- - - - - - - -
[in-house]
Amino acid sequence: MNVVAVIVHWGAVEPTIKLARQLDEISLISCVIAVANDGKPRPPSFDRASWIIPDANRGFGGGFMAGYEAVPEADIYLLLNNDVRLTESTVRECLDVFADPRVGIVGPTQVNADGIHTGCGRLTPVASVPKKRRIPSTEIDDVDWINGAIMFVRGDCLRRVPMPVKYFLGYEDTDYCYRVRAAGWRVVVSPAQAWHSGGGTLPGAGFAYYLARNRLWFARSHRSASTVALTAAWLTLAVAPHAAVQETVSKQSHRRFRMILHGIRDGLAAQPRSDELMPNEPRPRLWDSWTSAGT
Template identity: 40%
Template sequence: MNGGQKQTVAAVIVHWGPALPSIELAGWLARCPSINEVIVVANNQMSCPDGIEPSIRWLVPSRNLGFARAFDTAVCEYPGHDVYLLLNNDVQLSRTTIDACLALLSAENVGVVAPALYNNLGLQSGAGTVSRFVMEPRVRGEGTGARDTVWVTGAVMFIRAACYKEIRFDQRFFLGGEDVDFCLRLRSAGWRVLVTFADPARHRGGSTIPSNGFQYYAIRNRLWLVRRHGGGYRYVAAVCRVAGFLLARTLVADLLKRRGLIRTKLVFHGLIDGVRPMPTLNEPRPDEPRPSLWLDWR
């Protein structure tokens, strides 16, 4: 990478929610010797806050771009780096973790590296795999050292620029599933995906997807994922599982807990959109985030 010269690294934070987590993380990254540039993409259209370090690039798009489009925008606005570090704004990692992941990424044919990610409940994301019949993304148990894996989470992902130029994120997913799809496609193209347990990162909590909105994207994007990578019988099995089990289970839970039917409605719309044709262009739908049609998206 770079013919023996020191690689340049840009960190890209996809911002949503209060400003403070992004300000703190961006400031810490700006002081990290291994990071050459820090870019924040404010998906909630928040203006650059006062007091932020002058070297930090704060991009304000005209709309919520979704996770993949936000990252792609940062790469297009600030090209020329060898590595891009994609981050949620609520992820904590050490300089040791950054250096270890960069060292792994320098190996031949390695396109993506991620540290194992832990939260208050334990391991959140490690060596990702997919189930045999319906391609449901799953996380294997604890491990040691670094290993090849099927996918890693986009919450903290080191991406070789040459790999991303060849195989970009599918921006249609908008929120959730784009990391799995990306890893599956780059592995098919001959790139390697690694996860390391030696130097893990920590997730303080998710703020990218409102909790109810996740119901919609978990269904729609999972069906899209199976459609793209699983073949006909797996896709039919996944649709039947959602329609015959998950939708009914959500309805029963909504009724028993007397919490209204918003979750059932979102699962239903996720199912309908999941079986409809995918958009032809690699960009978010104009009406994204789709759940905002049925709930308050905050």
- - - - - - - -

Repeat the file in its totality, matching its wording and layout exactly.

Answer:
[in-house]
Amino acid sequence: MNVVAVIVHWGAVEPTIKLARQLDEISLISCVIAVANDGKPRPPSFDRASWIIPDANRGFGGGFMAGYEAVPEADIYLLLNNDVRLTESTVRECLDVFADPRVGIVGPTQVNADGIHTGCGRLTPVASVPKKRRIPSTEIDDVDWINGAIMFVRGDCLRRVPMPVKYFLGYEDTDYCYRVRAAGWRVVVSPAQAWHSGGGTLPGAGFAYYLARNRLWFARSHRSASTVALTAAWLTLAVAPHAAVQETVSKQSHRRFRMILHGIRDGLAAQPRSDELMPNEPRPRLWDSWTSAGT
Template identity: 40%
Template sequence: MNGGQKQTVAAVIVHWGPALPSIELAGWLARCPSINEVIVVANNQMSCPDGIEPSIRWLVPSRNLGFARAFDTAVCEYPGHDVYLLLNNDVQLSRTTIDACLALLSAENVGVVAPALYNNLGLQSGAGTVSRFVMEPRVRGEGTGARDTVWVTGAVMFIRAACYKEIRFDQRFFLGGEDVDFCLRLRSAGWRVLVTFADPARHRGGSTIPSNGFQYYAIRNRLWLVRRHGGGYRYVAAVCRVAGFLLARTLVADLLKRRGLIRTKLVFHGLIDGVRPMPTLNEPRPDEPRPSLWLDWR
């Protein structure tokens, strides 16, 4: 990478929610010797806050771009780096973790590296795999050292620029599933995906997807994922599982807990959109985030 010269690294934070987590993380990254540039993409259209370090690039798009489009925008606005570090704004990692992941990424044919990610409940994301019949993304148990894996989470992902130029994120997913799809496609193209347990990162909590909105994207994007990578019988099995089990289970839970039917409605719309044709262009739908049609998206 770079013919023996020191690689340049840009960190890209996809911002949503209060400003403070992004300000703190961006400031810490700006002081990290291994990071050459820090870019924040404010998906909630928040203006650059006062007091932020002058070297930090704060991009304000005209709309919520979704996770993949936000990252792609940062790469297009600030090209020329060898590595891009994609981050949620609520992820904590050490300089040791950054250096270890960069060292792994320098190996031949390695396109993506991620540290194992832990939260208050334990391991959140490690060596990702997919189930045999319906391609449901799953996380294997604890491990040691670094290993090849099927996918890693986009919450903290080191991406070789040459790999991303060849195989970009599918921006249609908008929120959730784009990391799995990306890893599956780059592995098919001959790139390697690694996860390391030696130097893990920590997730303080998710703020990218409102909790109810996740119901919609978990269904729609999972069906899209199976459609793209699983073949006909797996896709039919996944649709039947959602329609015959998950939708009914959500309805029963909504009724028993007397919490209204918003979750059932979102699962239903996720199912309908999941079986409809995918958009032809690699960009978010104009009406994204789709759940905002049925709930308050905050």